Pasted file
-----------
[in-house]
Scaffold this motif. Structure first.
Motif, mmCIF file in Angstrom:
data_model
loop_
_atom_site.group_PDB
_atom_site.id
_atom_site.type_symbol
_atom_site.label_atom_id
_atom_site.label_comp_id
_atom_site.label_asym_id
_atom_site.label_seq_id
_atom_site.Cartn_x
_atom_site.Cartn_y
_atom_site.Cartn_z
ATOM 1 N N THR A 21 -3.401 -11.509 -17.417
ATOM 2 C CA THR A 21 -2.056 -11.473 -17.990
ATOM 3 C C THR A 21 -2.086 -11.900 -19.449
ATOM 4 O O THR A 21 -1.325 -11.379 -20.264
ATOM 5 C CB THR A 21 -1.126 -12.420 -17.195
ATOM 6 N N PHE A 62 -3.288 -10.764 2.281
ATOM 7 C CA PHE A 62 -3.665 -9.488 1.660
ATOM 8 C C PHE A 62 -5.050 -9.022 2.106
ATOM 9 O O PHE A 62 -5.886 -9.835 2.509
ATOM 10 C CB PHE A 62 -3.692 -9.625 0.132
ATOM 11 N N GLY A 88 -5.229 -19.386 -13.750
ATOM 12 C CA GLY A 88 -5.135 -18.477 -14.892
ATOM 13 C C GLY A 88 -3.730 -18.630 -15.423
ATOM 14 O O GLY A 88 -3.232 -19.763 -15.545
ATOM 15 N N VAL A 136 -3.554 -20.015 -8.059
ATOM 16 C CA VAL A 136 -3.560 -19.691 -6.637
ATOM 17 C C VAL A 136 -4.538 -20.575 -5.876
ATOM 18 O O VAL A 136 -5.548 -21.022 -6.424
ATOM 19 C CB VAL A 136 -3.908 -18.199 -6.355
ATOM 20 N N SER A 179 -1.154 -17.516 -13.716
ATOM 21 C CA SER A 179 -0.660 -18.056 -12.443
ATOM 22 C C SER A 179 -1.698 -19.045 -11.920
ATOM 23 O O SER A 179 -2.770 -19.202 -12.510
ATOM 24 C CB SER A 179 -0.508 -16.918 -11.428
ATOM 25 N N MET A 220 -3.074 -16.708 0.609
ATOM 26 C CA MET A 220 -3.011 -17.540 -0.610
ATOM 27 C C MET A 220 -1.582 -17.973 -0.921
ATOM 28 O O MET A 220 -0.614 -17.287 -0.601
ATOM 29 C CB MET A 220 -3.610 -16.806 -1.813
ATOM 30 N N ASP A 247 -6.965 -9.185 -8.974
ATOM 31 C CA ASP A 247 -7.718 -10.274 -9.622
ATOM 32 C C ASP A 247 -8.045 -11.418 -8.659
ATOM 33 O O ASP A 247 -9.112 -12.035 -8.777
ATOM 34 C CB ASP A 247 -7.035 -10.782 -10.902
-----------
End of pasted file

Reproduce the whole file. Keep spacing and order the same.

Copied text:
[in-house]
Scaffold this motif. Structure first.
Motif, mmCIF file in Angstrom:
data_model
loop_
_atom_site.group_PDB
_atom_site.id
_atom_site.type_symbol
_atom_site.label_atom_id
_atom_site.label_comp_id
_atom_site.label_asym_id
_atom_site.label_seq_id
_atom_site.Cartn_x
_atom_site.Cartn_y
_atom_site.Cartn_z
ATOM 1 N N THR A 21 -3.401 -11.509 -17.417
ATOM 2 C CA THR A 21 -2.056 -11.473 -17.990
ATOM 3 C C THR A 21 -2.086 -11.900 -19.449
ATOM 4 O O THR A 21 -1.325 -11.379 -20.264
ATOM 5 C CB THR A 21 -1.126 -12.420 -17.195
ATOM 6 N N PHE A 62 -3.288 -10.764 2.281
ATOM 7 C CA PHE A 62 -3.665 -9.488 1.660
ATOM 8 C C PHE A 62 -5.050 -9.022 2.106
ATOM 9 O O PHE A 62 -5.886 -9.835 2.509
ATOM 10 C CB PHE A 62 -3.692 -9.625 0.132
ATOM 11 N N GLY A 88 -5.229 -19.386 -13.750
ATOM 12 C CA GLY A 88 -5.135 -18.477 -14.892
ATOM 13 C C GLY A 88 -3.730 -18.630 -15.423
ATOM 14 O O GLY A 88 -3.232 -19.763 -15.545
ATOM 15 N N VAL A 136 -3.554 -20.015 -8.059
ATOM 16 C CA VAL A 136 -3.560 -19.691 -6.637
ATOM 17 C C VAL A 136 -4.538 -20.575 -5.876
ATOM 18 O O VAL A 136 -5.548 -21.022 -6.424
ATOM 19 C CB VAL A 136 -3.908 -18.199 -6.355
ATOM 20 N N SER A 179 -1.154 -17.516 -13.716
ATOM 21 C CA SER A 179 -0.660 -18.056 -12.443
ATOM 22 C C SER A 179 -1.698 -19.045 -11.920
ATOM 23 O O SER A 179 -2.770 -19.202 -12.510
ATOM 24 C CB SER A 179 -0.508 -16.918 -11.428
ATOM 25 N N MET A 220 -3.074 -16.708 0.609
ATOM 26 C CA MET A 220 -3.011 -17.540 -0.610
ATOM 27 C C MET A 220 -1.582 -17.973 -0.921
ATOM 28 O O MET A 220 -0.614 -17.287 -0.601
ATOM 29 C CB MET A 220 -3.610 -16.806 -1.813
ATOM 30 N N ASP A 247 -6.965 -9.185 -8.974
ATOM 31 C CA ASP A 247 -7.718 -10.274 -9.622
ATOM 32 C C ASP A 247 -8.045 -11.418 -8.659
ATOM 33 O O ASP A 247 -9.112 -12.035 -8.777
ATOM 34 C CB ASP A 247 -7.035 -10.782 -10.902